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New Afghan law could curtails rights to education, gender equality – UNESCO head

New Afghan law could curtails rights to education, gender equality – UNESCO head

UNESCO Director-General Koïchiro Matsuura
A new law that could be adopted by Afghanistan’s Parliament on the status of Shiites in the South Asian nation undermines the right to education, the principle of gender equality and the rights of the child, the head of the United Nations Educational, Scientific and Cultural Organization (UNESCO) said today.

In a letter to Afghan President Hamid Karzai today, UNESCO Director-General Koïchiro Matsuura expressed concern that the draft legislation contravenes principles enshrined in the Universal Declaration of Human Rights, calling on the country’s leader to prevent the law from entering into force.

UNESCO’s constitution promotes universal respect for rights and fundamental freedoms “without distinction of race, sex, language or religion,” and calls for education for all “without regard to race, sex or any distinctions, economic or social.”

Further, the agency ensures that the rights and specific needs of women are taken into consideration in all of its programmes, stressing the importance of unrestricted access to education by girls and women as a precondition to social and economic development, Mr. Matsuura said.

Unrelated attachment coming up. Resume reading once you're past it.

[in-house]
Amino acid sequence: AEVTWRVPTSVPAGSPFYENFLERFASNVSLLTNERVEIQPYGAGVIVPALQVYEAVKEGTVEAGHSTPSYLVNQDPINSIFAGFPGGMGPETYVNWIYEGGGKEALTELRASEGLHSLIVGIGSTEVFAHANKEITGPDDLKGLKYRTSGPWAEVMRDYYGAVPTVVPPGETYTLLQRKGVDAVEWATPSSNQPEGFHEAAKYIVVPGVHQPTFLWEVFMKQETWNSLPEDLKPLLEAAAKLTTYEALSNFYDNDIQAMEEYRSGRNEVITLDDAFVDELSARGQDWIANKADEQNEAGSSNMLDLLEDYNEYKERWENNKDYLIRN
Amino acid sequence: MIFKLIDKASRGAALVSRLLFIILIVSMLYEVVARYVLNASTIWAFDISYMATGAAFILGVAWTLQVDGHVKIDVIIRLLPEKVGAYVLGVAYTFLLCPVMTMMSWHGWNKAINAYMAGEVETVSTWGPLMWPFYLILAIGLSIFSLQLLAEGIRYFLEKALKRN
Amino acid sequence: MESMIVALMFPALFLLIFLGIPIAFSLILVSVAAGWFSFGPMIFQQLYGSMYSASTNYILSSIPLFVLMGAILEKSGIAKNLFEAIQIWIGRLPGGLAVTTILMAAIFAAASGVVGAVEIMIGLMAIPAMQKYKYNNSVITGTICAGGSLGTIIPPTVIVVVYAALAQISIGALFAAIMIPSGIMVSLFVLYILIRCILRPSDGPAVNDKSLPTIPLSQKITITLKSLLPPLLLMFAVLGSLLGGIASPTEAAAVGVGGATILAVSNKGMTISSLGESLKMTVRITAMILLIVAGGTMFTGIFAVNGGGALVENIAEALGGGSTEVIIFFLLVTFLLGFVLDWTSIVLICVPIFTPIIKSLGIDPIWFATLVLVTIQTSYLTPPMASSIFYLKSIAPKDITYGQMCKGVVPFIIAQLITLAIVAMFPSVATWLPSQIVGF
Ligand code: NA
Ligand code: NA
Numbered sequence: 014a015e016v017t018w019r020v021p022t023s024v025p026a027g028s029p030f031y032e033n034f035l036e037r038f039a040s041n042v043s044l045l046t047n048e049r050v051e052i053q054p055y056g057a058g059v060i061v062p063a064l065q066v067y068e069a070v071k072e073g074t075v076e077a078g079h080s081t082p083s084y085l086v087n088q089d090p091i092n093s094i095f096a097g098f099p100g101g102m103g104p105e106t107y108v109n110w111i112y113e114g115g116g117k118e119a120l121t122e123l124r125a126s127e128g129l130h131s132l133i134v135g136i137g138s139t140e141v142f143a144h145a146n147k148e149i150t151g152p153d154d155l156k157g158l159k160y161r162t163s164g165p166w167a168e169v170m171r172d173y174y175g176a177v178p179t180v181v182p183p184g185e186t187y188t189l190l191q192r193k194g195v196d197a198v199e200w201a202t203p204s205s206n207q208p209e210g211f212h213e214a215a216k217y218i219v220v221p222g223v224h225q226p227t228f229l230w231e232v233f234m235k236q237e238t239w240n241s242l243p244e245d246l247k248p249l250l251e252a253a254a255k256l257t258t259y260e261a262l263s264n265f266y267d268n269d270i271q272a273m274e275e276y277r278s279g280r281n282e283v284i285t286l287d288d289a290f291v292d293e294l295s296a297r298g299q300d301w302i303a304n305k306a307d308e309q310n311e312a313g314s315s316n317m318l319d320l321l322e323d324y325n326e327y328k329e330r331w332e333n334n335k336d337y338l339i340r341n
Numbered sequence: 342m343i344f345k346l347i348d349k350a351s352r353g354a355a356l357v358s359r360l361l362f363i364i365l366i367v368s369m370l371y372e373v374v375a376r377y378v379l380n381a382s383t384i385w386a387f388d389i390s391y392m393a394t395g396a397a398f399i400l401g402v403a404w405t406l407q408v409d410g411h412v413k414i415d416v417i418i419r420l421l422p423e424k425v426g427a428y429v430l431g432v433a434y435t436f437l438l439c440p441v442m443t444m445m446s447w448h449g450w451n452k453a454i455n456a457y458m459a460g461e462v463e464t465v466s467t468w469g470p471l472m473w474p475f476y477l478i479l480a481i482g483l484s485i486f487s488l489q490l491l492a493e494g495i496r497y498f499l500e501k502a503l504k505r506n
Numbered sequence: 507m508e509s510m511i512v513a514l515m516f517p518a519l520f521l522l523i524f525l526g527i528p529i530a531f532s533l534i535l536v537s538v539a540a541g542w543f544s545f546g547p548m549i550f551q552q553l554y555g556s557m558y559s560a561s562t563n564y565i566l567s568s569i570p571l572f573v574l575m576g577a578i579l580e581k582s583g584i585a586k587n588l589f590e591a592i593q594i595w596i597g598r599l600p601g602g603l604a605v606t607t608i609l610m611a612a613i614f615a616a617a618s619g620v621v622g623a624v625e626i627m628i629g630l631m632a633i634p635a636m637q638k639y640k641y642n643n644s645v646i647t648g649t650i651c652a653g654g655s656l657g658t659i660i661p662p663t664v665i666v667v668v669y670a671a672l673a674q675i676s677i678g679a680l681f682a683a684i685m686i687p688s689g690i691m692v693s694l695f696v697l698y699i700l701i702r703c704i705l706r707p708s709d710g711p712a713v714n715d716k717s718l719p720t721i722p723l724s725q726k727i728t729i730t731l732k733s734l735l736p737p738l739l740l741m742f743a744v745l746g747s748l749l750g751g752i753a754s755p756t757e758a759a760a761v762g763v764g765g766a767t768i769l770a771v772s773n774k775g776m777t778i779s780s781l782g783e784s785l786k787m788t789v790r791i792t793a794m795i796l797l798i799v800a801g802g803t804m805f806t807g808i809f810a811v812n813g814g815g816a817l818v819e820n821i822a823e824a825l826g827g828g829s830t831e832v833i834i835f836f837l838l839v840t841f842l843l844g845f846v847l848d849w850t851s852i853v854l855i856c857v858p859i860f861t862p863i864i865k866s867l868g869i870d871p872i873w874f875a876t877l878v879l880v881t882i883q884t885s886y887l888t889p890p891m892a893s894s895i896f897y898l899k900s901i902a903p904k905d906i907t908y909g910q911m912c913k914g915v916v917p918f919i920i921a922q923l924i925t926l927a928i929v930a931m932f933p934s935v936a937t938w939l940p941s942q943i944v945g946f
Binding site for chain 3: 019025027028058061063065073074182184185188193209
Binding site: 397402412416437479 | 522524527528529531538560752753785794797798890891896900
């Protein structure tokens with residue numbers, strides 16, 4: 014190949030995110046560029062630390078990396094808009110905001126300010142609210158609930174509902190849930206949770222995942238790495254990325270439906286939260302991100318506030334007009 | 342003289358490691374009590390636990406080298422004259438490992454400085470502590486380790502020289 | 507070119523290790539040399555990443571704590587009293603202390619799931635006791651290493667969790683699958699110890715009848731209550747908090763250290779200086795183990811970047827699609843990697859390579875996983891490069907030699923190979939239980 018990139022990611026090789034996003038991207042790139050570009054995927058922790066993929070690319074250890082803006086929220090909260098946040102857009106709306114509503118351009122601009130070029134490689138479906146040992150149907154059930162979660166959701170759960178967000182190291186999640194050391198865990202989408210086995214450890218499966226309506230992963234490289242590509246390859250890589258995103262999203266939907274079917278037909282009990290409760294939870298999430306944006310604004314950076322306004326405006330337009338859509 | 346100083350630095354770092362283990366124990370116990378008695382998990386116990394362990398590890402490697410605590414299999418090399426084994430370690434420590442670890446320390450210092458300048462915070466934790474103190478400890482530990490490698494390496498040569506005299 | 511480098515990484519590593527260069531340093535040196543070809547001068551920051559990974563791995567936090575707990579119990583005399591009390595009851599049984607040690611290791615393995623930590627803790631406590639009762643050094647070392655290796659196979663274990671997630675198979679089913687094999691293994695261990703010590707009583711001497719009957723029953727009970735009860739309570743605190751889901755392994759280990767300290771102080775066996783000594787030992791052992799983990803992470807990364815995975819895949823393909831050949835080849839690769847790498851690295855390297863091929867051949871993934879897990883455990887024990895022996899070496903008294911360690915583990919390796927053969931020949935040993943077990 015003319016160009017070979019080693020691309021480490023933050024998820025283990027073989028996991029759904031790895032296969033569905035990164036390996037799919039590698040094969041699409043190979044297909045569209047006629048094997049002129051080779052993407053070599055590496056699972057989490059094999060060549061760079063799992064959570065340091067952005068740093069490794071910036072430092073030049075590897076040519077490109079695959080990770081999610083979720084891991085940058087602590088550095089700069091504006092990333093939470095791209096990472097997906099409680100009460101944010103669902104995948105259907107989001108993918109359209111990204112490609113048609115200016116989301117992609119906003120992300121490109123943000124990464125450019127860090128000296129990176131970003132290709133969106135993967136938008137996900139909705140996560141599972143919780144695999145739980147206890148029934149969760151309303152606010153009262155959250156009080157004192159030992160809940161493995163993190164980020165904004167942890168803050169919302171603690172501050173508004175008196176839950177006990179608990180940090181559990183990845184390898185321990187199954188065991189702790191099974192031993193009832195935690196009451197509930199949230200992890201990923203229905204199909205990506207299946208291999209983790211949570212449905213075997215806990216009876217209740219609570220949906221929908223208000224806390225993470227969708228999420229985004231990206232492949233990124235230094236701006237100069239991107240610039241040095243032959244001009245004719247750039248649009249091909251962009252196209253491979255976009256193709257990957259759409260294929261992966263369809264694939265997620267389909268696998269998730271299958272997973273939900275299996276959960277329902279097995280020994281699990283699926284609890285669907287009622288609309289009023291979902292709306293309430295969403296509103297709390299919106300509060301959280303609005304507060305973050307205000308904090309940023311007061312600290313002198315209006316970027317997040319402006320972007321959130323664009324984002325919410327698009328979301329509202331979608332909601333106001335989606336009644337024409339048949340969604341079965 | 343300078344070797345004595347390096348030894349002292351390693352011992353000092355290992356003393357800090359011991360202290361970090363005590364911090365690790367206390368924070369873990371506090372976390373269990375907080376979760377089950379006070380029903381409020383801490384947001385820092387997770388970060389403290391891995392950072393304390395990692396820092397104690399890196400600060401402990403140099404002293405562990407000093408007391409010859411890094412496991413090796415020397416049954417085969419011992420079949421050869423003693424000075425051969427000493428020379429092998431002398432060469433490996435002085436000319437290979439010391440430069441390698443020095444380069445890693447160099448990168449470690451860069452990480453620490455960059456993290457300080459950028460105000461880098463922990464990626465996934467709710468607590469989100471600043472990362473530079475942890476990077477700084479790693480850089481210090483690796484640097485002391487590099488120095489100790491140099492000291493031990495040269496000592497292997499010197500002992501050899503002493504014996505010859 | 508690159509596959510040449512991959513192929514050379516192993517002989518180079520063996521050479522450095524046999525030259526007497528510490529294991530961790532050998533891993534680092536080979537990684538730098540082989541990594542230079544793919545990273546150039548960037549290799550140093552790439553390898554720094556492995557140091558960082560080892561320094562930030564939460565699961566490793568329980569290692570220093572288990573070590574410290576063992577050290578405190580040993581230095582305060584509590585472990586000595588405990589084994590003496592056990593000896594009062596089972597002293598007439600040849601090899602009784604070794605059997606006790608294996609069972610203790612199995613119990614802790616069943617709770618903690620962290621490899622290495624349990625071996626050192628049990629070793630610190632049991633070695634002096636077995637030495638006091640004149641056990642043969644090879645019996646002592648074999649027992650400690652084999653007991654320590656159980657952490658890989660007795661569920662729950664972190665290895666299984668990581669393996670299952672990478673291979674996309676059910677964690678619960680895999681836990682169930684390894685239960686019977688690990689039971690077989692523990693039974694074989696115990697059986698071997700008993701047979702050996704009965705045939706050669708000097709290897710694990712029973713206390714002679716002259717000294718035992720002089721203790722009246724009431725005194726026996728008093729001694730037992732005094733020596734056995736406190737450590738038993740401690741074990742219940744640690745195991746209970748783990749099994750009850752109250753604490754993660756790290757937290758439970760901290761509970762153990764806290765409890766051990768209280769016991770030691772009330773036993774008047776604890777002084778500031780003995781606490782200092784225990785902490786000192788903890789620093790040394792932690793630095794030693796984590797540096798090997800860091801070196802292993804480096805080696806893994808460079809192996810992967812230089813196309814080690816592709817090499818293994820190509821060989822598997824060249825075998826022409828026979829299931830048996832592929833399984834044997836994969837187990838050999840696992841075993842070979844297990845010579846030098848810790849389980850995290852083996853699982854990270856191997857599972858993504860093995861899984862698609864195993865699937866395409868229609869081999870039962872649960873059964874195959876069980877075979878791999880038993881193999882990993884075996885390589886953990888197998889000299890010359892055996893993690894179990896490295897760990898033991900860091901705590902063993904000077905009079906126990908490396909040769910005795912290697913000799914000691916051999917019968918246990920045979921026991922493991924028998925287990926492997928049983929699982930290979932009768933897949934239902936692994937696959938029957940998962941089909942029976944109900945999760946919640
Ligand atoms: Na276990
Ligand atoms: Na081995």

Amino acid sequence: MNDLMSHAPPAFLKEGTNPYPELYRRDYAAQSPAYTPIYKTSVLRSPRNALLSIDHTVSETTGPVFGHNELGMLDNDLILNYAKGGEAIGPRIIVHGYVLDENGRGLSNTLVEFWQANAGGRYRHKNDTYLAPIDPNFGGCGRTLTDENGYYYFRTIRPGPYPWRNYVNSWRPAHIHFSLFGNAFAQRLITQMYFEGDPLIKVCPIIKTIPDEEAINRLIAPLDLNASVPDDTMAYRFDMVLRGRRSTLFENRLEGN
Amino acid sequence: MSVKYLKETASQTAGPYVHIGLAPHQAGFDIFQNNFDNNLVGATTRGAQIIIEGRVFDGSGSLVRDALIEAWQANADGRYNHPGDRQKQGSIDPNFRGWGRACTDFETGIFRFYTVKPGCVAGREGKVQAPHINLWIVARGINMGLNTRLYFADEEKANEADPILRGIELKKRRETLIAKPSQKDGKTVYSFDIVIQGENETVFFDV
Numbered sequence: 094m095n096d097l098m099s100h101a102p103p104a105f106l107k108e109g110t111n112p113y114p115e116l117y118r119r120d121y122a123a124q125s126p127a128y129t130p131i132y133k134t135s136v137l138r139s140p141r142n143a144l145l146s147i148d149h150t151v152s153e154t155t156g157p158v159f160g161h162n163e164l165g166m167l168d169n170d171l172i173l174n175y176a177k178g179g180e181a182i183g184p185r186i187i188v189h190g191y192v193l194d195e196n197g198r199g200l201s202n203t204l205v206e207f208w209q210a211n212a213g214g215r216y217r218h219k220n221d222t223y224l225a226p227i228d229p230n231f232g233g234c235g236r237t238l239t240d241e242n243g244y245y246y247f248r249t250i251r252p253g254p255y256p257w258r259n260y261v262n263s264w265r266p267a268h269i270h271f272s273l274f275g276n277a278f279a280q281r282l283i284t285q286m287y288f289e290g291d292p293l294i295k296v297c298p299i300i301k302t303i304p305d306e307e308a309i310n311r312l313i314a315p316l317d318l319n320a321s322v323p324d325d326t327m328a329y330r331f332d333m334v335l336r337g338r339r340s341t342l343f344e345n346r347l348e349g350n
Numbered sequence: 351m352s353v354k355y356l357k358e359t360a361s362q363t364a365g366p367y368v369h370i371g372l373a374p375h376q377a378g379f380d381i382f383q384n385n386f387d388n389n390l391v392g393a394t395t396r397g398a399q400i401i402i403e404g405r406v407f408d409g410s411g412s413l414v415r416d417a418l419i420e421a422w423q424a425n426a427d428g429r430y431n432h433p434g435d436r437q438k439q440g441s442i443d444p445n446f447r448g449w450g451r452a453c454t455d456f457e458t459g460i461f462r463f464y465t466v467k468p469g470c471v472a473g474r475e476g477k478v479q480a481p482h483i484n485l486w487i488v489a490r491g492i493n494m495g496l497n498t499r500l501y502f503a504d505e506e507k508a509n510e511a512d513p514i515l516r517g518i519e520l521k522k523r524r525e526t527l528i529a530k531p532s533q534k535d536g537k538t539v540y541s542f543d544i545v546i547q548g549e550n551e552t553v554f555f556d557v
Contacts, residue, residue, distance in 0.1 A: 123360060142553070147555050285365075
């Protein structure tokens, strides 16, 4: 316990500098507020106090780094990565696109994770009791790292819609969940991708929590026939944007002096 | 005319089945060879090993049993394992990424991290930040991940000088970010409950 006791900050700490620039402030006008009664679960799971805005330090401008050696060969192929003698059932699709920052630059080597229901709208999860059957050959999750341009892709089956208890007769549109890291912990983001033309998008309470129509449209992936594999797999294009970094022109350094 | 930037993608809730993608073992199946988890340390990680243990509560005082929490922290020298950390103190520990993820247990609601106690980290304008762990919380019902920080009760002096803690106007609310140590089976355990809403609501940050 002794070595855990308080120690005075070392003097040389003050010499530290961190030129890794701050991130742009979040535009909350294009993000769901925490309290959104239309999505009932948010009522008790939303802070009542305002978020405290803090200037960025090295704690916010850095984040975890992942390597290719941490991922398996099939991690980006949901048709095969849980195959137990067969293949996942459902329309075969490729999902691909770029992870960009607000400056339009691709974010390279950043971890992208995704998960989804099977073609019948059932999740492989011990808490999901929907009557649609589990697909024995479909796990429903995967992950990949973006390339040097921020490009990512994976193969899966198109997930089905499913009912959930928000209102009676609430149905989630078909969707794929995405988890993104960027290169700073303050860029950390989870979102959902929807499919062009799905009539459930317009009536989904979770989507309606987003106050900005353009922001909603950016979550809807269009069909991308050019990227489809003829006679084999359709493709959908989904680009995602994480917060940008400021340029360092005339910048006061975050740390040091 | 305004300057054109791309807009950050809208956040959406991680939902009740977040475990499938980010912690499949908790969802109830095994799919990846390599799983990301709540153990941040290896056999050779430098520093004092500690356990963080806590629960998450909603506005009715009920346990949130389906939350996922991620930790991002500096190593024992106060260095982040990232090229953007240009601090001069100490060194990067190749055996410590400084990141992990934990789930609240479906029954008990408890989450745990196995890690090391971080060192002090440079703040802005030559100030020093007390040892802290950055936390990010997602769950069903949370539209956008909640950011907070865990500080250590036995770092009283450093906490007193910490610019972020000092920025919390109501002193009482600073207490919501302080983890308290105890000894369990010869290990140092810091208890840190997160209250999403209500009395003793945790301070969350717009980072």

In his letter, Mr. Matsuura welcomed the strides Afghanistan’s Government has made in many areas, including education, which is recognized as a right in the country’s constitution.

Earlier this month, the top UN human rights official called for the repeal of another new law in the country which she said seriously curtails women’s rights, even explicitly permitting marital rape, and is a “huge step in the wrong direction.”

The law regulates the personal status of the country’s minority Shi’a community members, including relations between men and women, divorce and property rights.

It denies Afghan Shi’a women the right to leave their homes except for ‘legitimate’ purposes; forbids them from working or receiving education without their husbands’ express permission; weakens mothers’ rights in the event of a divorce; and makes it impossible for wives to inherit houses and land from their husbands, even if husbands can inherit property from their wives.

“This is another clear indication that the human rights situation in Afghanistan is getting worse, not better,” said Navi Pillay, High Commissioner for Human Rights. “Respect for women’s rights – and human rights in general – is of paramount importance to Afghanistan’s future security and development.”